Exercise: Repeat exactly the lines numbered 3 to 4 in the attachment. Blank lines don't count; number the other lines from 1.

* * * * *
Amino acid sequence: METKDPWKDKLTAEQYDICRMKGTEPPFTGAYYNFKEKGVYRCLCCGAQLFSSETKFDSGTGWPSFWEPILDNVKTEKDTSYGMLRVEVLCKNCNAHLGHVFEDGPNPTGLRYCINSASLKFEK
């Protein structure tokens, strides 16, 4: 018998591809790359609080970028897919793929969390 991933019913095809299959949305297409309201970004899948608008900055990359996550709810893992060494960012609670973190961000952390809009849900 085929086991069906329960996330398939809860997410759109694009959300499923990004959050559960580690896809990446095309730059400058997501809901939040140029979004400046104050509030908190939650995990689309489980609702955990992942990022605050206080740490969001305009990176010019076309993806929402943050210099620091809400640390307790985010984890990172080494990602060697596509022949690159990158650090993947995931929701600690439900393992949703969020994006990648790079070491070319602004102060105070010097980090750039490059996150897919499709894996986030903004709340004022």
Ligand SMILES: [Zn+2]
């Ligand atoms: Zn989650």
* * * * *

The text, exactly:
Ligand SMILES: [Zn+2]
């Ligand atoms: Zn989650």